Ideological Differences Limit U.S.-China Counterterrorism Cooperation

Ideological Differences Limit U.S.-China Counterterrorism Cooperation
U.S. National Security Advisor Susan Rice and Chinese President Xi Jinping, Beijing, China, July 25, 2016. (AP photo by How Hwee Young).

U.S. National Security Adviser Susan Rice visited China last month, where she held talks with Chinese officials about the threat of terrorism and prospects for improving counterterrorism cooperation. In an email interview, Jeffrey Payne, the Manager of Academic Affairs at the Near East South Asia Center for Strategic Studies, discusses the state of counterterrorism cooperation between the U.S. and China. (The views expressed in this article are his alone and do not represent the official policy or position of the National Defense University, the Department of Defense or the U.S. government.)

WPR: How extensive is counterterrorism cooperation between the U.S. and China, and in what areas are they trying to expand cooperation?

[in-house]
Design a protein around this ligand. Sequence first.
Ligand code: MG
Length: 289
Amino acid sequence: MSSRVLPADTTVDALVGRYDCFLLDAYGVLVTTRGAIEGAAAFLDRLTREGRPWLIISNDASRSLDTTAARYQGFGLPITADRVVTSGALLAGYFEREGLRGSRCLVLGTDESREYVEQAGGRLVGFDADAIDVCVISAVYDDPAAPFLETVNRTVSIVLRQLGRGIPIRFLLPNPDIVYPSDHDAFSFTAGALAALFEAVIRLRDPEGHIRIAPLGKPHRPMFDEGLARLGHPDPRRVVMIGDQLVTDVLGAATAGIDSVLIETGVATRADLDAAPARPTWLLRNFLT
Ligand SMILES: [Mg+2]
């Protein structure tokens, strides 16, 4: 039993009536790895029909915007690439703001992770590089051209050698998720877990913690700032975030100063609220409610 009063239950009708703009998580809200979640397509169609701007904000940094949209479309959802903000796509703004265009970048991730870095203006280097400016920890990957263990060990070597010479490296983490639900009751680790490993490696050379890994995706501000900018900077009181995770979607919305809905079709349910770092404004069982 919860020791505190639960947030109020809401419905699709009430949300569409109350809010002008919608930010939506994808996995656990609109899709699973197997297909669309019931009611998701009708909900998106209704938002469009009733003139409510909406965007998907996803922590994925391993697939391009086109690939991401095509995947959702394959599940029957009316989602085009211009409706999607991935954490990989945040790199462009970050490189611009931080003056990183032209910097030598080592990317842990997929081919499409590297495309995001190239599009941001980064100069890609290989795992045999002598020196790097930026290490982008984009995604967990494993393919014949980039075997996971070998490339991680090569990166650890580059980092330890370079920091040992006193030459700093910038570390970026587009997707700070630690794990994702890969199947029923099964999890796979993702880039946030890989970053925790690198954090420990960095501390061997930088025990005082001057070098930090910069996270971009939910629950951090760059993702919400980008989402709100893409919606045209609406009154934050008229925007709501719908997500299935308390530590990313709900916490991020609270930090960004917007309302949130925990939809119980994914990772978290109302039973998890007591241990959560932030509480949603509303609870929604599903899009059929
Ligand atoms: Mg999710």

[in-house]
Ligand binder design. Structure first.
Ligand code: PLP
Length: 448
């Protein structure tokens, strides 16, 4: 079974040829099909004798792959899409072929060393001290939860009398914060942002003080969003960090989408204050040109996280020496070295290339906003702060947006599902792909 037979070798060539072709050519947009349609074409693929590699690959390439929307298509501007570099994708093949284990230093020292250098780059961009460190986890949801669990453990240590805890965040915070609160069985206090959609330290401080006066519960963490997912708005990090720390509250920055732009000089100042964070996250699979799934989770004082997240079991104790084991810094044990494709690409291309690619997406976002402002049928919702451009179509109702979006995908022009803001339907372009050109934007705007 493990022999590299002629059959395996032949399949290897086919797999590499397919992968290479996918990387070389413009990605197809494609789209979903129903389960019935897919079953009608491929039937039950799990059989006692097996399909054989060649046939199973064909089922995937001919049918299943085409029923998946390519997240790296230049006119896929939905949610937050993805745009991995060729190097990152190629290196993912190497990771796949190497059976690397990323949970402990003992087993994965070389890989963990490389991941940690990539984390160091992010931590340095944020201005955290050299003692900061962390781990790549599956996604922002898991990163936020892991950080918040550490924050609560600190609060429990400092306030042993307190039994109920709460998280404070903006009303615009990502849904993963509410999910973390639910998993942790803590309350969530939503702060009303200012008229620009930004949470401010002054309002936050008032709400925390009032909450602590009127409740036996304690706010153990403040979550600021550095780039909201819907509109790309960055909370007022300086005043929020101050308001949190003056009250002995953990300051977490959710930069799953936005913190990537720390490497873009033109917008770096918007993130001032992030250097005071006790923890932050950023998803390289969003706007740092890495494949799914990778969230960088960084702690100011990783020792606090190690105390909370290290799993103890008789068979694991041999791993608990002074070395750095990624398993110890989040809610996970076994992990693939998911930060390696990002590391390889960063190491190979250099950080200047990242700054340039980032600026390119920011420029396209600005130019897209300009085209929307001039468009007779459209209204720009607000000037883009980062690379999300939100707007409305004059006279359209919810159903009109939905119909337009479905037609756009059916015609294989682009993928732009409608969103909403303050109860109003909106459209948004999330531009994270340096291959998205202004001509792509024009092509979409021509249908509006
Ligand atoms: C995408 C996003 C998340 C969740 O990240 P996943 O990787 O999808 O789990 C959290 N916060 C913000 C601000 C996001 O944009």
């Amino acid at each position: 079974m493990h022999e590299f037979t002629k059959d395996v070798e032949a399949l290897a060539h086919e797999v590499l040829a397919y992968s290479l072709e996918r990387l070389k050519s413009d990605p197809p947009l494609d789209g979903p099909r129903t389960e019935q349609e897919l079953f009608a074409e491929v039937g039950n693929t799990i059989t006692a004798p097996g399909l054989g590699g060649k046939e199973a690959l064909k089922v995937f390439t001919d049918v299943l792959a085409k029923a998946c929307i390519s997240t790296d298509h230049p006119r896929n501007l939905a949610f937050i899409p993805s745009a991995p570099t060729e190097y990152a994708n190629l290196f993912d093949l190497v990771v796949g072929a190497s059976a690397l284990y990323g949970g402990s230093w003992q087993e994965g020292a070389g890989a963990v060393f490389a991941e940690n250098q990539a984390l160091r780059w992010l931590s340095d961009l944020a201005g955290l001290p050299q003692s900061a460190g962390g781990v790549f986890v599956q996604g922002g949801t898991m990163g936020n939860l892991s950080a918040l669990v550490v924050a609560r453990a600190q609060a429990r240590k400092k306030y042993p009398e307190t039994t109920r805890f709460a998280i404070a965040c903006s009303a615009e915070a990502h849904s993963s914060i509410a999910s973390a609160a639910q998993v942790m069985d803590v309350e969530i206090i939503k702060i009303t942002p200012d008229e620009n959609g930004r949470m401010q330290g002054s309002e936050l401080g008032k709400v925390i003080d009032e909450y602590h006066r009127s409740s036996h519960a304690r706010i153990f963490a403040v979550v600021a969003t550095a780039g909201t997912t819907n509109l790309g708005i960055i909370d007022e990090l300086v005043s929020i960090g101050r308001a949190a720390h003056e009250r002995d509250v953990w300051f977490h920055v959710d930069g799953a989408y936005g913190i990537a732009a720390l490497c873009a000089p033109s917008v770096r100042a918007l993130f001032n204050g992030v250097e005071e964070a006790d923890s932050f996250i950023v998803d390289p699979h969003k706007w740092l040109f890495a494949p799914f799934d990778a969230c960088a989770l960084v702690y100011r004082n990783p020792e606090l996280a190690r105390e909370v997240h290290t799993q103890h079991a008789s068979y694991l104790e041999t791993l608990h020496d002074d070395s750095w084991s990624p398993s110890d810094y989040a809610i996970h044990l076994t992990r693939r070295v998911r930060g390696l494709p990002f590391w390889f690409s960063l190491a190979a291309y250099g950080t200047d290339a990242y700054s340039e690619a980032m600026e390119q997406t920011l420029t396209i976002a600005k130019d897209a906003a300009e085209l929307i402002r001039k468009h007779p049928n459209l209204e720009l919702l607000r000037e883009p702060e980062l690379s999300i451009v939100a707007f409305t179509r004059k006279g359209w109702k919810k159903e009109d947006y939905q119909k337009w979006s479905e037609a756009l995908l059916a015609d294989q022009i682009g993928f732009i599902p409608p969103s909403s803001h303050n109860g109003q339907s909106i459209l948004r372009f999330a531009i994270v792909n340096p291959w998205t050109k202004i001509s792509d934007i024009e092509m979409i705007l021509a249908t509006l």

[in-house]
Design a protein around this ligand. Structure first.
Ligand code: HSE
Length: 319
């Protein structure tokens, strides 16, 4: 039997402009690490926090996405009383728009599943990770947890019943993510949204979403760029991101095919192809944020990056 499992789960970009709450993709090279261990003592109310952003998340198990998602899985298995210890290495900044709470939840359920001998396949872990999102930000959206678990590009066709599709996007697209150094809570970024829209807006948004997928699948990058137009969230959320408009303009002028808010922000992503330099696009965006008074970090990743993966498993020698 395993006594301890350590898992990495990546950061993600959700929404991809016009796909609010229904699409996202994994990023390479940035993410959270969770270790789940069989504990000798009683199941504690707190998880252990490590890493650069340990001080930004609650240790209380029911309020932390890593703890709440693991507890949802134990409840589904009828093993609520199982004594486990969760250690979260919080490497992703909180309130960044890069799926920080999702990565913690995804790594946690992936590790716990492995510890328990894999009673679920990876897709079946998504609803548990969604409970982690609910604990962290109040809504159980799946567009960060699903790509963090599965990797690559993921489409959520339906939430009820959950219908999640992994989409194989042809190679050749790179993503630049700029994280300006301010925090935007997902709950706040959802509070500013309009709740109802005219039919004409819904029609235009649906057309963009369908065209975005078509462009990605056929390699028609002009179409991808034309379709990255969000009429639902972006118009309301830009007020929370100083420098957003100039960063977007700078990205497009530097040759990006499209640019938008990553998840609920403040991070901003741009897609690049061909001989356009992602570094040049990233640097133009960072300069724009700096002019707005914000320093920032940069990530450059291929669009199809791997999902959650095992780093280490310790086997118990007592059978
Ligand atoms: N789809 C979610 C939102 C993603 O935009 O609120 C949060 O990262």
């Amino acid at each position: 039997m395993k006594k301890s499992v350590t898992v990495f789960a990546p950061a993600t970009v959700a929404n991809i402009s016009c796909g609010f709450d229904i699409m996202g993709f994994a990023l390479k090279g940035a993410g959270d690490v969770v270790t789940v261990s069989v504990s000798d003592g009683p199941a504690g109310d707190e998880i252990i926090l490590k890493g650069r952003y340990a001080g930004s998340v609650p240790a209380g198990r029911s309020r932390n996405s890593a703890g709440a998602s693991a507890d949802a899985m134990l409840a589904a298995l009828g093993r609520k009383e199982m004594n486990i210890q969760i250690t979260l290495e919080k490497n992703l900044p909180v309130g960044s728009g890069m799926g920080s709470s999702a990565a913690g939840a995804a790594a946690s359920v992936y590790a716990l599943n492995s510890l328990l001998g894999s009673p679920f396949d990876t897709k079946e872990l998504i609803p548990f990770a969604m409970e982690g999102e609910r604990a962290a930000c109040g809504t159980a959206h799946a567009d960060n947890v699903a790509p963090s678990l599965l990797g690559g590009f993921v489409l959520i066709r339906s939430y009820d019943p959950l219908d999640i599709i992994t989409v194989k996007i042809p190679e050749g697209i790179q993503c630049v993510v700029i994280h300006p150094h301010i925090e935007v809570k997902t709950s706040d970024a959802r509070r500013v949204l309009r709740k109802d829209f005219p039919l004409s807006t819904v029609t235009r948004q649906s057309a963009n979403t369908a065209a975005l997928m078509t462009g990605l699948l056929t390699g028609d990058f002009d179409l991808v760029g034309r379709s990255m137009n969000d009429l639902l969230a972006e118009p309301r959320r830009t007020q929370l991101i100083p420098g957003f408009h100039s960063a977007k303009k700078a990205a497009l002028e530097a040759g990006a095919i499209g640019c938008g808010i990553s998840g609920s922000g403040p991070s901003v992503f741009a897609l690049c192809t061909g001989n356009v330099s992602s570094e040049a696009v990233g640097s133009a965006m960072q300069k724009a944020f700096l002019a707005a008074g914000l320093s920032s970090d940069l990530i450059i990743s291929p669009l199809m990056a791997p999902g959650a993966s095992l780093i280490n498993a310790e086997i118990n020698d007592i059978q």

Jeffrey Payne: China and the United States do not cooperate to any substantial degree on counterterrorism. However, countering violent extremism and counterterrorism are becoming more significant elements of bilateral security conversations. National Security Adviser Susan Rice’s recent visit to China featured frank conversations over concerns relating to the so-called Islamic State and other violent extremist organizations, reflecting a trend of China taking greater interest in such groups as its engagements throughout Africa and Asia have deepened. Besides discussions to enhance information-sharing devices between both countries, most progress in the realm of countering violent extremism and counterterrorism has focused on particular countries where U.S. and Chinese interests largely correspond. Afghanistan is a prominent example, where the U.S. has encouraged China to invest economically and to provide nonmilitary-related training and aid to the Afghan government and where China has taken the initiative to initiate talks between conflicting factions. In Iraq, where both countries have invested various resources, there is a similar effort to construct agreement on how both countries can assist the Iraqi government.

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